Even More Students Leaving IL; Farm Income And Bankruptcy; Midwest Flooding; March Madness
On The 21st: Why are so many high school grads here in Illinois leaving the state for college? Plus, with farm income down and more farmers filing for bankruptcy, comparisons are being drawn to the crisis of the 1980s. But, economists are hesitant to call it that. And, recovery efforts continue across the Midwest after massive flooding forced thousands of people out of their homes. Also, we're talking March Madness.
If you applied to college last winter, you’re probably in the middle of the waiting game right now. It’s a stressful time and last week’s news about dozens of people bribing college officials probably didn’t help.
It’s also a stressful time for Illinois’ leaders who are hoping that our high school grads don’t leave the state to attend a four-year college. But the latest numbers show that this problem is getting worse. In 2017, more than 48 percent of public high school grads in Illinois, who went to four-year colleges, left the state to do so.
Dawn Rhodes has been reporting on this. She’s the higher ed reporter for the Chicago Tribune. I’m also joined by Eric Lichtenberger, a deputy director with the Illinois Board of Higher Education.
Farm income is down 50 percent since 2013. And at the same time, the number of farmers who have filed for Chapter 12 bankruptcy has been rising in Midwestern states like Nebraska and Kansas for three consecutive years.
Those numbers don’t sound good for the Midwest. So is it time to call this a “farm crisis”? Economists say not yet.
Mike Doherty joined us on the line, he’s the senior economist for the Illinois Farm Bureau.
Esther Honig also spoke with us. She’s been reporting on this for Harvest Public Media.
“That’s pretty hard to look around the community and say some of us will survive and some of us won’t," says NE farmer Ben Steffen.— The 21st (@21stShow) March 20, 2019
Read more of @ggerlock & @estherhonig's reporting here:https://t.co/AZPkKmEjSj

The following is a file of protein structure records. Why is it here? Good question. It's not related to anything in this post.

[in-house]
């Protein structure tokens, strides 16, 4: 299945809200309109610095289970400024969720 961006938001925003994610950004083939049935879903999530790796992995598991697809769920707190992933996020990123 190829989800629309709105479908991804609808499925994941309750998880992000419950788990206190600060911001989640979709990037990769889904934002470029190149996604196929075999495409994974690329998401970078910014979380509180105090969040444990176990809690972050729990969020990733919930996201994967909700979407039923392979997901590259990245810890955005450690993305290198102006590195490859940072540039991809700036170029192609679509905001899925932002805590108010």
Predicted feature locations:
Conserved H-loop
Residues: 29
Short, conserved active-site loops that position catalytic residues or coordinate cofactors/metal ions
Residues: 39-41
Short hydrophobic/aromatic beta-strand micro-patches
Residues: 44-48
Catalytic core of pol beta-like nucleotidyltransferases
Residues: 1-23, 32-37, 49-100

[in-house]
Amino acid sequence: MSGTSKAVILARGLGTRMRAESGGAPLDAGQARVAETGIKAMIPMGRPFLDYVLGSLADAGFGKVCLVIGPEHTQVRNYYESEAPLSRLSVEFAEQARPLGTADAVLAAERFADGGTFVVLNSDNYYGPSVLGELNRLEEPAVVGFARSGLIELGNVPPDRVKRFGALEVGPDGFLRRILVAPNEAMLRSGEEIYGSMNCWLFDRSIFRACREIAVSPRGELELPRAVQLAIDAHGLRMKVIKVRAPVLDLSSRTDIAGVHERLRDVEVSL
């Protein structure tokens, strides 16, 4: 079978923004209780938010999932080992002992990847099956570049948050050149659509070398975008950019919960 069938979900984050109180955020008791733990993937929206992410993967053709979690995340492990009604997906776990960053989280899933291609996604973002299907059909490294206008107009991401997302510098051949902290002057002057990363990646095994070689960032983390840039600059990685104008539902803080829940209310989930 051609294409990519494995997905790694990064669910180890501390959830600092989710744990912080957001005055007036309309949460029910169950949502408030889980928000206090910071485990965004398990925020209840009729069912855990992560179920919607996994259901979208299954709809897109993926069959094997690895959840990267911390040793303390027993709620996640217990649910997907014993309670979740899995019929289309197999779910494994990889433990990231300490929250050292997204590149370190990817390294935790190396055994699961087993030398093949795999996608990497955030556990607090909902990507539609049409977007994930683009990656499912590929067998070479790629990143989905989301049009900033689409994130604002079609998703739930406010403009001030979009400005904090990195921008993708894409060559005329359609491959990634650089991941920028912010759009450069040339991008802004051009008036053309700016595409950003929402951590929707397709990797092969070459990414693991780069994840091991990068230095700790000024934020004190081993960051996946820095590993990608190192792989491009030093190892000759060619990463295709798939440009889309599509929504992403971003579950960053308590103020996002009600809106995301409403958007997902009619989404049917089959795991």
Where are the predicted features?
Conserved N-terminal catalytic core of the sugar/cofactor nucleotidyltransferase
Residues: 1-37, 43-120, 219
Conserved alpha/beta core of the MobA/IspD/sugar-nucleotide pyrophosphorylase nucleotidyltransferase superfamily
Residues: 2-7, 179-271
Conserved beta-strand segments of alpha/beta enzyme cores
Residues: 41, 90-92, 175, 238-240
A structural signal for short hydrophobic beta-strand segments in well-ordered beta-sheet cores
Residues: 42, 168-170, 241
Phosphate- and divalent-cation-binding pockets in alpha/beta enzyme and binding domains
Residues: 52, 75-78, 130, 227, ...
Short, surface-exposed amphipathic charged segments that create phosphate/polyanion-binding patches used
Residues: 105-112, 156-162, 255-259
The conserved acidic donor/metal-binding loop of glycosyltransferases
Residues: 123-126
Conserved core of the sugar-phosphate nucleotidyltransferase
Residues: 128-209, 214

Massive flooding in the Midwest over the past week has forced thousands of people from their homes. At least three deaths have been associated with the flooding so far and Nebraska, Iowa South Dakota and Wisconsin have all declared emergencies. Recovery efforts are continuing today.
Towns in Illinois have been hit as well, especially in the Rockford area and along our Western border with Iowa.
Sarah Jesmer has been reporting on the flooding in Winnebago county in Northern Illinois. She’s with WNIJ and she’s spoke with us from there.
Our neighbors to the North in Wisconsin have also seen heavy damage. For an update on the situation there, Meg Jones joined us. She’s a reporter for the Milwaukee Journal Sentinel.
In Freeport IL, Lowell Crow tells @SarahJesmer— The 21st (@21stShow) March 20, 2019
"We have seen water in buildings that have never had water....We only have one area that's even dry and that's the parking lot for the school."@wnij https://t.co/nfShMn58zc
It’s officially the time of year when 64 college basketball teams vie for the national title in what’s known as March Madness.
Last year we put our hopes in Sister Jean and the Ramblers of Loyola Chicago, who had a great run and made it to the final four.
This year, there are plenty of Big Ten teams to keep an eye on. And, thanks to a first place finish at the Missouri Valley Conference Tournament, Bradley University will be the only Illinois team in the men’s tournament this year. They’ll play their first game tomorrow afternoon against Michigan State. DePaul is the only Illinois team in the women’s tournament.
Chicago Tribune Sports Writer Teddy Greenstein joined us for the breakdown.
A LOT of pfugly matchups for the Big Ten ... https://t.co/HUqQaNo2ep— Teddy Greenstein (@TeddyGreenstein) March 18, 2019